Trust vultures feeding on identity-based vote-bank politics to find a communal angle even to issues of gender justice and equal spiritual rights. For a good example, look no further than the devious responses to the two petitions filed by Hindu and Muslim women respectively in the Bombay High Court.
In one of these PILs, senior advocate Neelima Vartak and activist Vidya Bal challenged the restrictions on women’s entry to the shrine area at Shani Shingnapur temple in Ahmednagar district, In the other, Zakia Soman and Noorjehan Safia Niaz, co-founders of the Bharatiya Muslim Mahila Andolan (BMMA) are contesting the restrictions imposed on women (since 2011) at the Haji Ali Dargah in Worli, Mumbai.
The substance of both petitions is simple: women of all religions have the right to equal access, on par with men, to what they consider sacred spaces. But certain outfits, both Hindu and Muslim, are looking for a communal dividend from a constitutional demand for ending gender discrimination.
On March 31, the Bombay High Court issued orders directing the Maharashtra government and police to ensure that women are not denied entry to any temple in the state. “It is your own law, you are obliged to uphold it,” the court ruled. The Maharashtra Hindu Places of Public Worship (entry Authorisation) Act, 1956 stipulates: “no Hindu of whatsoever section or class shall in any manner be prevented, obstructed or discouraged from entering such place of public worship or from worshipping or offering prayers, or performing a religious service.”.
Meanwhile the hearing in the other PIL filed by the BMMA is over and the court’s judgment is eagerly awaited. Also awaited is the order of the Supreme Court in the Sabarimala temple (Kerala) case.
Those committed to gender parity are hoping for early verdicts from the Bombay HC and the SC, hoping that both judgments will resonate with the March 31 directive of the former. Meanwhile, communal forces on both sides of the divide seem eager to give the issue an ugly turn.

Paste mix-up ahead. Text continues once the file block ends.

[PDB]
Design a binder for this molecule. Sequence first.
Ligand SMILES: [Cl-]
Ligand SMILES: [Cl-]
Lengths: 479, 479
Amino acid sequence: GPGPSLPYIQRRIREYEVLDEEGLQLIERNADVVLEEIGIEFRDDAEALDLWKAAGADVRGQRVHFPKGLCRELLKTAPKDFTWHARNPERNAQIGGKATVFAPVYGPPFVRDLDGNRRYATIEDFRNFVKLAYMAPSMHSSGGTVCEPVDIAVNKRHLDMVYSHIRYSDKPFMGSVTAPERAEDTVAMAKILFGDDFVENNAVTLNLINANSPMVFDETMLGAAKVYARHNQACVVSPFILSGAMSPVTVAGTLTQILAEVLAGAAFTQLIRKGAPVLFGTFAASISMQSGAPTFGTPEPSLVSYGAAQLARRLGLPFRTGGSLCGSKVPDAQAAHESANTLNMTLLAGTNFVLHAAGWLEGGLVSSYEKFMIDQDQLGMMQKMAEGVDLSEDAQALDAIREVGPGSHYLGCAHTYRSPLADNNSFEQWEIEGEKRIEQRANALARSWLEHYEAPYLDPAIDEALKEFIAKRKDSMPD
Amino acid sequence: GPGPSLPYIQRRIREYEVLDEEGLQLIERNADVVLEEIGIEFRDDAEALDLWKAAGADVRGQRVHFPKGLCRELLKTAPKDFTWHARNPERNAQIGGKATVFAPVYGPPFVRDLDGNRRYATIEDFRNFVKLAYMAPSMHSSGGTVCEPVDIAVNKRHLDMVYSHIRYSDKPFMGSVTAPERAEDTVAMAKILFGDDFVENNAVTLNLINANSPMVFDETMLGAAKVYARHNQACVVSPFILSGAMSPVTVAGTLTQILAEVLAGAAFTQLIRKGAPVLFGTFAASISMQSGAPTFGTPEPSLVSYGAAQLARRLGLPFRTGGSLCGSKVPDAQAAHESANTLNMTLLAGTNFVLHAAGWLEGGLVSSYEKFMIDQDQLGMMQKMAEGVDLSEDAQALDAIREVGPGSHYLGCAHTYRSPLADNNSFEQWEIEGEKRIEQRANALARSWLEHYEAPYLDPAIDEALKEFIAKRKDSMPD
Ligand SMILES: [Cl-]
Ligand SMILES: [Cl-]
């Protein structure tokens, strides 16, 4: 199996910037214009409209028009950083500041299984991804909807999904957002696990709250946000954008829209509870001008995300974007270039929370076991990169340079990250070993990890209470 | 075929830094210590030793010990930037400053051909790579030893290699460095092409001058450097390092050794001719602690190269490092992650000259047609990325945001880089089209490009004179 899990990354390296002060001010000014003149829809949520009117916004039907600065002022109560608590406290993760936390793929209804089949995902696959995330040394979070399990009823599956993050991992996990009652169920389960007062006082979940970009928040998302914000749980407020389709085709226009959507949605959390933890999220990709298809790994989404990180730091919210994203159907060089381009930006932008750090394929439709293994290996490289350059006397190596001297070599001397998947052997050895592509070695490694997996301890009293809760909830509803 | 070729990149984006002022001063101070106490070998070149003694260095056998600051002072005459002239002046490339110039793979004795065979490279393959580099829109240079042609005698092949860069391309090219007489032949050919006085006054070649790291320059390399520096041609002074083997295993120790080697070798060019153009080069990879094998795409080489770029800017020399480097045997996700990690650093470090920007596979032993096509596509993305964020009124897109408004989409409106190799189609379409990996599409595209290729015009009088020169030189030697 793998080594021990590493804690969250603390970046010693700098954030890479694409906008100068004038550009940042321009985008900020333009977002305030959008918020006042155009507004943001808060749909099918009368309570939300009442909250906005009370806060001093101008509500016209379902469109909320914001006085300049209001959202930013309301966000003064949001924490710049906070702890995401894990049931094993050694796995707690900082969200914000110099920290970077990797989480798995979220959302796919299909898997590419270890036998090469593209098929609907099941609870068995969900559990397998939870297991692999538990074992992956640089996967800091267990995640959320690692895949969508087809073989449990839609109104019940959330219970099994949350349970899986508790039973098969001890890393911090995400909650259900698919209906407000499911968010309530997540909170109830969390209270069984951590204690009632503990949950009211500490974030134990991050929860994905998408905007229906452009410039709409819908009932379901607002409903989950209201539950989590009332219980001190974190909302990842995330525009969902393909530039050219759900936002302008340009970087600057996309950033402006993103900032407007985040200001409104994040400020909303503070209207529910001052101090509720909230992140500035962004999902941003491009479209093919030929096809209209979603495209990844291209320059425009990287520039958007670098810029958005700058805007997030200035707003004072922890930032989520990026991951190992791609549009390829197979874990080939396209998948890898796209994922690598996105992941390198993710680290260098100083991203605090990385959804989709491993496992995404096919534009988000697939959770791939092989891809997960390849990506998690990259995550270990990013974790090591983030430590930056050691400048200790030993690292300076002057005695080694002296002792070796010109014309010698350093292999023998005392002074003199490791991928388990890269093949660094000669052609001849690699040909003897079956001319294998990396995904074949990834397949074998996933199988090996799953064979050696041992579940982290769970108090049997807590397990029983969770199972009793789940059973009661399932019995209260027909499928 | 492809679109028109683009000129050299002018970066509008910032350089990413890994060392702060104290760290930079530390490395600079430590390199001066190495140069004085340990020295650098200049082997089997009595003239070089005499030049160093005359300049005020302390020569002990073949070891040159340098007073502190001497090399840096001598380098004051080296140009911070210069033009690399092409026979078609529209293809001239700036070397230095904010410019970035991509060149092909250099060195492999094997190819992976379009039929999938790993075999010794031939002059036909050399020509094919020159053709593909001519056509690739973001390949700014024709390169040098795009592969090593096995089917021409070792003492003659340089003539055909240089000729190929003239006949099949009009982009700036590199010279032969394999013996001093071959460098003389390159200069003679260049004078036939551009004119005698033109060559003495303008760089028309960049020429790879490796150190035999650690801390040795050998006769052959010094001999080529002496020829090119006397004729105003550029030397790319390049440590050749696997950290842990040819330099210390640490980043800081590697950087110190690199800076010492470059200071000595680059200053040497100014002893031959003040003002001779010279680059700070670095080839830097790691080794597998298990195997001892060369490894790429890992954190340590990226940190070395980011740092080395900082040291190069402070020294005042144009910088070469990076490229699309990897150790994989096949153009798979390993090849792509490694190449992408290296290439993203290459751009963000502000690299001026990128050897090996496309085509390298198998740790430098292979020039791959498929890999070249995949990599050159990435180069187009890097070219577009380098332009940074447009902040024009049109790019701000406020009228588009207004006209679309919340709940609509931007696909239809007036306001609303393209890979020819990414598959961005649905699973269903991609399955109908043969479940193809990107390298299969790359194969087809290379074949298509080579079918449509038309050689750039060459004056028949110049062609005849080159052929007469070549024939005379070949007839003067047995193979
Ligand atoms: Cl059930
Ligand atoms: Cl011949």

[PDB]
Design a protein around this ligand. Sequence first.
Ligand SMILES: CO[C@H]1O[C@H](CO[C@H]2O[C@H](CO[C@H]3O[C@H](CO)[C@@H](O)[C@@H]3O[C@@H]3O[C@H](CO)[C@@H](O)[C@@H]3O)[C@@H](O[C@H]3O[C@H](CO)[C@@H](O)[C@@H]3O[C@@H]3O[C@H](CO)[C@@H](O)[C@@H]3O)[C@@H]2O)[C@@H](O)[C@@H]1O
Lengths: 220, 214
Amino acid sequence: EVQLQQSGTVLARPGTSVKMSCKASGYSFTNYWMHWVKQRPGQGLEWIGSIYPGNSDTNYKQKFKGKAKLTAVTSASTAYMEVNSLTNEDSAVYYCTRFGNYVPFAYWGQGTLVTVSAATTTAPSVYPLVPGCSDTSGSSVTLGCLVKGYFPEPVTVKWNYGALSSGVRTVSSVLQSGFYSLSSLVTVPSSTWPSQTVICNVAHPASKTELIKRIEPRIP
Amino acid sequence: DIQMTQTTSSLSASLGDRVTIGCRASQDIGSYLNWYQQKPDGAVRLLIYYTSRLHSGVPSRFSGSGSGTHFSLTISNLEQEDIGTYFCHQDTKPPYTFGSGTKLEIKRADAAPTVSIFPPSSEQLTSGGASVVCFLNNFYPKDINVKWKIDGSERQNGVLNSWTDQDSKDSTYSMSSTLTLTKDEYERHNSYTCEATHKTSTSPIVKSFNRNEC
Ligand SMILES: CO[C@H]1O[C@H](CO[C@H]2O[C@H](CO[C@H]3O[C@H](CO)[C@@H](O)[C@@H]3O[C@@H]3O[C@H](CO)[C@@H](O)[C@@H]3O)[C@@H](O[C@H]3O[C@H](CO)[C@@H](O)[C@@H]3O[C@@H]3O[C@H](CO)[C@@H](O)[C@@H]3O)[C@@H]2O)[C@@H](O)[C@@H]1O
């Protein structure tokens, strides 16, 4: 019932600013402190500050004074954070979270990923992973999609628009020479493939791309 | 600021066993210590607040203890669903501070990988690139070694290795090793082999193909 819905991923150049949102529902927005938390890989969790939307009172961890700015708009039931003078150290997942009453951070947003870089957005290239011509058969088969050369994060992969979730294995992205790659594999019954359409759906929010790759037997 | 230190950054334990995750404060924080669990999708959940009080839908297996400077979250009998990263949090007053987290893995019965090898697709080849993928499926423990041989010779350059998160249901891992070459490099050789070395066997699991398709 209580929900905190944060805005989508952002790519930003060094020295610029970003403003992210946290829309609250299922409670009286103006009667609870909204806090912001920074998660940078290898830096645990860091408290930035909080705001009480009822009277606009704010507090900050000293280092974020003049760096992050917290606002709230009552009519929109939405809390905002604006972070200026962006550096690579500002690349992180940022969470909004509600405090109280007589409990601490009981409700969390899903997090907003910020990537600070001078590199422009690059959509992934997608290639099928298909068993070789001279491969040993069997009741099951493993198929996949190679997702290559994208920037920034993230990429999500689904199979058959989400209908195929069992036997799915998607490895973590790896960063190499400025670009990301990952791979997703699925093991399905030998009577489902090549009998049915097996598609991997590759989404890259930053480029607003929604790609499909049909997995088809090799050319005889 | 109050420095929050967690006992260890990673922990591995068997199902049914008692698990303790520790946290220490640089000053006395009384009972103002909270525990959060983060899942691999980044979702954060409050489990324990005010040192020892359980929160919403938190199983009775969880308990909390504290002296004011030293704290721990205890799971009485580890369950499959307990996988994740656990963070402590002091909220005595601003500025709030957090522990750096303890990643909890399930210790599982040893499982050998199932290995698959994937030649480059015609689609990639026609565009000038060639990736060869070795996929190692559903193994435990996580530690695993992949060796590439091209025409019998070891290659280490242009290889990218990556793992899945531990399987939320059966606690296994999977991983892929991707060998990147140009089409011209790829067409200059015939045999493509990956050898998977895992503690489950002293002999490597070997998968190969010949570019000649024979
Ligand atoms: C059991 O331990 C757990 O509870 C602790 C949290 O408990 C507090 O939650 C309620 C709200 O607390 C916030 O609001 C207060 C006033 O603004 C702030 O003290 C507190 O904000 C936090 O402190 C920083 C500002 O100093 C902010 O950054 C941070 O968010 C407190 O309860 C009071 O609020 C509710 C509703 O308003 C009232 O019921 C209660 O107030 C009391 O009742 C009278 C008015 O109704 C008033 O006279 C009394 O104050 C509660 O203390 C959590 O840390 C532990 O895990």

In the Shani Shingnapur case, while the matter was still pending in the court, the Bhoomata Brigade led by Trupti Desai had taken busloads of women from Pune to Shingnapur village to assert their right to full access to the Shani temple. Since the judgment, Desai has claimed that the action on the ground accelerated the judicial process.
No sooner had the Bombay HC issued its order that a triumphant Desai went on her temple-darshan spree: Shani temple (Ahmednagar), Mahalaxmi temple (Kolhapur), Trimbakeshwar Shiva temple (Nasik). That’s when some elements from the sangh parivar set a communal trap for Desai and the dare-devil jumped into it, head-on.
Next halt, Haji Ali Dargah, she announced about a week ago. To which there was a prompt response: Come, we’ll garland you with slippers, Haji Arafat Shaikh of the Shiv Sena threatened. On April 28, Shaikh left no one in any doubt that for him it was shariah before the Sena.
Meanwhile, concerned with the ploy to convert a quest for gender parity into a communal controversy, representatives from over a dozen progressive, secular-democratic mass organisations and prominent Mumbaikars (Muslims and non-Muslims) came together to launch a forum, ‘Haji Ali Sab ke liye’ (Haji Ali for Everybody).
The forum affirmed that: women of all religions have the right to equal access, on par with men, to sacred space; the Shani Shingnapur temple and Haji Ali dargah issues were not about religion but parampara rooted in patriarchy; the Constitution of India has supremacy over custom and tradition.
The forum announced a peaceful, hour-long dharna near the Haji Ali dargah on April 28. That morning, Desai who had earlier declared she would be among the participants in the dharna, told the media that after the dharna was over, along with some other members of Bhoomata Brigade, she would enter the dargah to pray to Haji Ali Baba.
On the other side, otherwise mutually hostile competitors for Muslim votes — SP, MIM and the Awami Vikas Party — stood with Haji Shaikh of the Shiv Sena, blocking access to the dargah. As it turned out, Desai did not make it to the dharna in time.
With elections to the Mumbai Municipal Corporation just a year away, the issue of gender justice stands face-to-face against patriarchy in shariah garb and politicians in search of communal votes.
(This article first appeared in the print edition under the headline ‘Against Patriarchy’)
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